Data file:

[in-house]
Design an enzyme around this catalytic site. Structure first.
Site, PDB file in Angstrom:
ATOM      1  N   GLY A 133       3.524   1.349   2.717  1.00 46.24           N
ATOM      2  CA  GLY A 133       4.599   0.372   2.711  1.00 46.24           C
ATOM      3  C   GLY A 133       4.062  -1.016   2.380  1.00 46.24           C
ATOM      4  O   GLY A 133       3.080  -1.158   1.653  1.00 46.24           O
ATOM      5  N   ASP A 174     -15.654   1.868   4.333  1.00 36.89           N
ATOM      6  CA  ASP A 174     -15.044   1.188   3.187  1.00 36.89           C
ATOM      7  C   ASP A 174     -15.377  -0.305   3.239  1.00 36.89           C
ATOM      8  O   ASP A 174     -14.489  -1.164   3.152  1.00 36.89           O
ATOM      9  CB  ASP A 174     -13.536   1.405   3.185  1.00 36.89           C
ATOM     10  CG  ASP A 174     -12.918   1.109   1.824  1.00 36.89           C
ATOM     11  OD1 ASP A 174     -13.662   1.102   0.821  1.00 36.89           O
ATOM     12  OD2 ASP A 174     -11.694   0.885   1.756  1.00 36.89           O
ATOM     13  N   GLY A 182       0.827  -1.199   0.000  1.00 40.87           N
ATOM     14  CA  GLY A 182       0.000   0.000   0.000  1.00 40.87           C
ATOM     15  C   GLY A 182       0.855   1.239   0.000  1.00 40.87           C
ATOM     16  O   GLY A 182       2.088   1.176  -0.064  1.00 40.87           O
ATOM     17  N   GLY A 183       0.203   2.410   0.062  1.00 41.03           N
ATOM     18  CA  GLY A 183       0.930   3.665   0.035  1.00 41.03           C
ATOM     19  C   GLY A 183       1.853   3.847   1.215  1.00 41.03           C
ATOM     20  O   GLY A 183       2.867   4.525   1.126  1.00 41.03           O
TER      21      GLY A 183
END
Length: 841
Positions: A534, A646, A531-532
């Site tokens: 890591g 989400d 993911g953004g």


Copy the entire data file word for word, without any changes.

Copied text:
[in-house]
Design an enzyme around this catalytic site. Structure first.
Site, PDB file in Angstrom:
ATOM      1  N   GLY A 133       3.524   1.349   2.717  1.00 46.24           N
ATOM      2  CA  GLY A 133       4.599   0.372   2.711  1.00 46.24           C
ATOM      3  C   GLY A 133       4.062  -1.016   2.380  1.00 46.24           C
ATOM      4  O   GLY A 133       3.080  -1.158   1.653  1.00 46.24           O
ATOM      5  N   ASP A 174     -15.654   1.868   4.333  1.00 36.89           N
ATOM      6  CA  ASP A 174     -15.044   1.188   3.187  1.00 36.89           C
ATOM      7  C   ASP A 174     -15.377  -0.305   3.239  1.00 36.89           C
ATOM      8  O   ASP A 174     -14.489  -1.164   3.152  1.00 36.89           O
ATOM      9  CB  ASP A 174     -13.536   1.405   3.185  1.00 36.89           C
ATOM     10  CG  ASP A 174     -12.918   1.109   1.824  1.00 36.89           C
ATOM     11  OD1 ASP A 174     -13.662   1.102   0.821  1.00 36.89           O
ATOM     12  OD2 ASP A 174     -11.694   0.885   1.756  1.00 36.89           O
ATOM     13  N   GLY A 182       0.827  -1.199   0.000  1.00 40.87           N
ATOM     14  CA  GLY A 182       0.000   0.000   0.000  1.00 40.87           C
ATOM     15  C   GLY A 182       0.855   1.239   0.000  1.00 40.87           C
ATOM     16  O   GLY A 182       2.088   1.176  -0.064  1.00 40.87           O
ATOM     17  N   GLY A 183       0.203   2.410   0.062  1.00 41.03           N
ATOM     18  CA  GLY A 183       0.930   3.665   0.035  1.00 41.03           C
ATOM     19  C   GLY A 183       1.853   3.847   1.215  1.00 41.03           C
ATOM     20  O   GLY A 183       2.867   4.525   1.126  1.00 41.03           O
TER      21      GLY A 183
END
Length: 841
Positions: A534, A646, A531-532
């Site tokens: 890591g 989400d 993911g953004g």